Home Maintenance Tip: Don't Ignore Chimney Issues

A home feature that is on many buyers list of 'must-haves' is a fireplace.  Understandable, since a fireplace adds ambiance and coziness to a home.  What many people may not realize, though, is that fireplaces require regular maintenance in order to stay safe and healthy.  This is the case whether it is wood-burning or has gas logs.

It can be dangerous to operate any type of fireplace without routine upkeep. For a chimney to operate as it is intended  and keep your family safe requires cleaning and making needed repairs. The most common chimney issues are (1) obstructions in the chimney, (2) creosote and soot build-up, (3) cracks in the flue, (4) deteriorating brickwork, and (5) chimney cap and crown issues.

A chimney may become blocked by all kinds of debris that may have entered the chimney due to chimney cap or other issues.  Common causes of chimney blockage are birds nests, leaves, and heavy creosote. The most dangerous thing about a blocked chimney is that it can cause deadly carbon monoxide fumes to enter your home. Carbon monoxide is odorless, tasteless, and invisible. By the time any signs of poisoning manifest, it is often too late to avoid severe injury or death, especially among children. Because this is possible, it is crucial to install carbon monoxide detectors in your home.

Research shows that thousands of house fires occur every year as a result of a buildup of creosote in the chimney caused by a neglect of chimney maintenance. Creosote is highly flammable tar that is dark brown or black in color, and soot is a carbon powder. Creosote has three different forms. The first level of creosote is easy to clean with basic chimney sweeping tools. The second level of creosote is more difficult to clean, and the third looks like tar has been poured down a flue and is extremely difficult to remove. The third level of creosote is the most dangerous because it can keep a chimney fire going, which can result in a damaged chimney liner and even a house fire.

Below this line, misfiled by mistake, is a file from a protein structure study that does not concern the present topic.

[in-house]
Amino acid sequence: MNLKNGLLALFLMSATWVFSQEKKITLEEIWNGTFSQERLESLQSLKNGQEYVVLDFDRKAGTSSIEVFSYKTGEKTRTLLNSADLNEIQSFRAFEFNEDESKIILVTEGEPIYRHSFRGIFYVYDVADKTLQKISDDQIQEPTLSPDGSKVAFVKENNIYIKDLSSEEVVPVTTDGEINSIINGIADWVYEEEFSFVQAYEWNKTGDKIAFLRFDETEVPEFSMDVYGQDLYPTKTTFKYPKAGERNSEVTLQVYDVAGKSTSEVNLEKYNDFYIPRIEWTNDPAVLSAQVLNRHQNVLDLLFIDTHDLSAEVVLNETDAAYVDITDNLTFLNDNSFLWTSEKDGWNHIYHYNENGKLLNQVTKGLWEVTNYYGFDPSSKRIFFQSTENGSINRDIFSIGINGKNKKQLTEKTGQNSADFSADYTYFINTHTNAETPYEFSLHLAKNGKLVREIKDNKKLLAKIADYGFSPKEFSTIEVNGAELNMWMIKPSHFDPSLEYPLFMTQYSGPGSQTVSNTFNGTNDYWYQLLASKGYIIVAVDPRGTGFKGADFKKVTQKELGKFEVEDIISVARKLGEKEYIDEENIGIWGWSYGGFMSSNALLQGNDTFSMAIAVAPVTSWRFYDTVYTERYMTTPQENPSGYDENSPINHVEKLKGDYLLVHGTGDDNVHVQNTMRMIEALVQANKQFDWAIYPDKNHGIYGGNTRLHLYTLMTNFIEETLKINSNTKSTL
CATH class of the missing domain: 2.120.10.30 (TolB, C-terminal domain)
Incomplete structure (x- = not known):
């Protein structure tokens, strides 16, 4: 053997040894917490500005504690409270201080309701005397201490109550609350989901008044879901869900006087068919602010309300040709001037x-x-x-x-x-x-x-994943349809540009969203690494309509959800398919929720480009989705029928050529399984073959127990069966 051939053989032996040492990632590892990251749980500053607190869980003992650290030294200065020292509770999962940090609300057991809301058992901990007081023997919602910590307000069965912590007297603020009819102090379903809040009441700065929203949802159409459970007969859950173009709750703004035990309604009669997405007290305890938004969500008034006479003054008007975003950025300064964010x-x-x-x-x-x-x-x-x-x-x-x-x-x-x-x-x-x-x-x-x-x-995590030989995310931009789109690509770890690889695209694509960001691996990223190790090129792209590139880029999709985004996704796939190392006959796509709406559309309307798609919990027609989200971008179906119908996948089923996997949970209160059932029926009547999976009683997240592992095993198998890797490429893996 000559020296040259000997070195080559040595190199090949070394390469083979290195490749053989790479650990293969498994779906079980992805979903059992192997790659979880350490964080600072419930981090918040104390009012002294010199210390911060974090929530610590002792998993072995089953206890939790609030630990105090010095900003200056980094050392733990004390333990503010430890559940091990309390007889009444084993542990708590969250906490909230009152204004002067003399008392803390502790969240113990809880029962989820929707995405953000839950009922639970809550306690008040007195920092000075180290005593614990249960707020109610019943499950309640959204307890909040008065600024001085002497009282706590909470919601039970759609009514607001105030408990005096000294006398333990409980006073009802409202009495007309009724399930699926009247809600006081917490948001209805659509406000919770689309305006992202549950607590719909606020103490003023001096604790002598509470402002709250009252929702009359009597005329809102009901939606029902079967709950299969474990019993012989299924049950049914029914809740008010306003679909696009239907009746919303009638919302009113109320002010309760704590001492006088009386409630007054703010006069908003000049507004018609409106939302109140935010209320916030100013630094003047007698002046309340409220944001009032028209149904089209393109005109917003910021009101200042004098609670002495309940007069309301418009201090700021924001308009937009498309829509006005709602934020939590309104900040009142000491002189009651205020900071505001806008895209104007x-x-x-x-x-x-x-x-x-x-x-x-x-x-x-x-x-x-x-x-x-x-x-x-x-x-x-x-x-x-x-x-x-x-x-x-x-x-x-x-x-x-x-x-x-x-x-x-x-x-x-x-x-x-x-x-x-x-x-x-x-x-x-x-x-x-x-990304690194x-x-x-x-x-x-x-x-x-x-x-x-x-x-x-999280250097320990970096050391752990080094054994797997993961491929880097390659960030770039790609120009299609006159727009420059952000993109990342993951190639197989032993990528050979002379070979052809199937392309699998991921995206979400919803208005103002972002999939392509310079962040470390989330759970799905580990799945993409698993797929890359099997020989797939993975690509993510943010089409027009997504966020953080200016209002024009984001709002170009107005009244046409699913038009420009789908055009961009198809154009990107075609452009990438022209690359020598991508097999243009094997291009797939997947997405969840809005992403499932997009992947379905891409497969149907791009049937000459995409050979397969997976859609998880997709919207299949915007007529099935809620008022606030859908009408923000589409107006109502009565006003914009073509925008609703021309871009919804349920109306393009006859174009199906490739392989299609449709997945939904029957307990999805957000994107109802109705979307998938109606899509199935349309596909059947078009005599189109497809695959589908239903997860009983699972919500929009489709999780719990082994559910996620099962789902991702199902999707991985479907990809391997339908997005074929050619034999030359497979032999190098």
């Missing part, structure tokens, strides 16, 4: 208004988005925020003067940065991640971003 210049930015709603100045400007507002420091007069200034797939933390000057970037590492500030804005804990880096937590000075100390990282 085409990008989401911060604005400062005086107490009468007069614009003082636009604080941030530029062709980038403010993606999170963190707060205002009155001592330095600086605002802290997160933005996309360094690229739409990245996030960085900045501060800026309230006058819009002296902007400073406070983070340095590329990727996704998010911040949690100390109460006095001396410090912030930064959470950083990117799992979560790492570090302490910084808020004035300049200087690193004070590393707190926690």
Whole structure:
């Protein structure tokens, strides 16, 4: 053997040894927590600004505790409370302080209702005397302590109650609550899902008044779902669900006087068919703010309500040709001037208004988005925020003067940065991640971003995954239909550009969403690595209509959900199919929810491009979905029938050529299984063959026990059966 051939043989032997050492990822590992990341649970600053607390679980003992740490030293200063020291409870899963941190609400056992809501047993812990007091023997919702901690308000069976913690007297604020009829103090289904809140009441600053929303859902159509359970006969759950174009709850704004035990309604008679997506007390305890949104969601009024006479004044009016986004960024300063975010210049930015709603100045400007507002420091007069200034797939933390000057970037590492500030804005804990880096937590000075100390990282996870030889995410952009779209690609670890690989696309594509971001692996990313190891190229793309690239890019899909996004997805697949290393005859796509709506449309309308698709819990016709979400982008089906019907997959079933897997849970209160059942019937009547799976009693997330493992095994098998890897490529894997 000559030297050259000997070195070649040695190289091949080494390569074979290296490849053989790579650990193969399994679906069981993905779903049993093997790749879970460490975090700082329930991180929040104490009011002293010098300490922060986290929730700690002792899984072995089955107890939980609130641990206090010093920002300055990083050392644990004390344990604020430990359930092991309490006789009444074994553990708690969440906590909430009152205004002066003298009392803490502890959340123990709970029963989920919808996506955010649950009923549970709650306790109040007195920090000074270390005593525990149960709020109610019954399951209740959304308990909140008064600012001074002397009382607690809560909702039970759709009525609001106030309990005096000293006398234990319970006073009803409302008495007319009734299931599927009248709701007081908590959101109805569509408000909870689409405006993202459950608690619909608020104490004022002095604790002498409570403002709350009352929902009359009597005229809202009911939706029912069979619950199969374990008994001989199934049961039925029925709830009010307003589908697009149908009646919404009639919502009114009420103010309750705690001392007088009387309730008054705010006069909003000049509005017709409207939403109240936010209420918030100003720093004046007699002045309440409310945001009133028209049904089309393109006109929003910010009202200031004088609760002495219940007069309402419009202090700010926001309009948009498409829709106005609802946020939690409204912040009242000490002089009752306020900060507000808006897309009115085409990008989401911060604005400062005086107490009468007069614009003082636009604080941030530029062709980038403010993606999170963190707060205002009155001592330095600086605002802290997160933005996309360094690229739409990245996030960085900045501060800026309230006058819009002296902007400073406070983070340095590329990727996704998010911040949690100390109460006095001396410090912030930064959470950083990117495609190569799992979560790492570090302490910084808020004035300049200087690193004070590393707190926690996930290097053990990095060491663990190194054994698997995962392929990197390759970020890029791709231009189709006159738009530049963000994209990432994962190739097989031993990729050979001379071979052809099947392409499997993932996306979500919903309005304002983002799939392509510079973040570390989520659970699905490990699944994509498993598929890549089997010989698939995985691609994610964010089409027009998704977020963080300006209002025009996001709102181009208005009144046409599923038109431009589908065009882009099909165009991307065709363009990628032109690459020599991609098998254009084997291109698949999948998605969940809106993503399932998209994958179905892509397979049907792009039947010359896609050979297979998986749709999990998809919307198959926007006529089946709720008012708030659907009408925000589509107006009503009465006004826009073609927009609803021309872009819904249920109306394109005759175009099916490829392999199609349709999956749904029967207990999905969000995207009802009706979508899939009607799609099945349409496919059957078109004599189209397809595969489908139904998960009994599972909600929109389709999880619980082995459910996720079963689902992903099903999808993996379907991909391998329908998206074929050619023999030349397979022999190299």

The flue is the most important part of a chimney. It protects combustible objects near the chimney system from being exposed to the extreme temperatures caused by fires. When there is even a small crack in the flue, the fireplace or wood stove should not be used again until the flue has been repaired or replaced. All it takes is one opening in the flue to cause nearby combustibles to catch fire. The vast majority of masonry chimneys have clay liners, and they last for about 50 years. At some point, however, they must be replaced. So if your home is nearing 50 years old and still has the original clay liner, you should have it inspected often and plan for replacement soon.

Deteriorating brickwork on the chimney is common. Mortar lasts only about 25 years at best; and if damaged mortar isn’t repaired, the result can be a chimney that crumbles, leans, and collapses. Deteriorating mortar exposes the masonry to moisture, which means that the moisture freezes and thaws repeatedly in winter, causing the masonry to flake off and break off.

Both the chimney cap and the chimney crown are the first line of defense against moisture and debris entering the chimney. If either becomes damaged, they should be replaced right away to avoid costly repairs later.

Bottom line, a carbon monoxide detector is a must-have for your family's safety, and it is prudent to have your chimney cleaned and inspected regularly.  In fact, annual chimney inspections are recommended by the National Fire Protection Association (NFPA).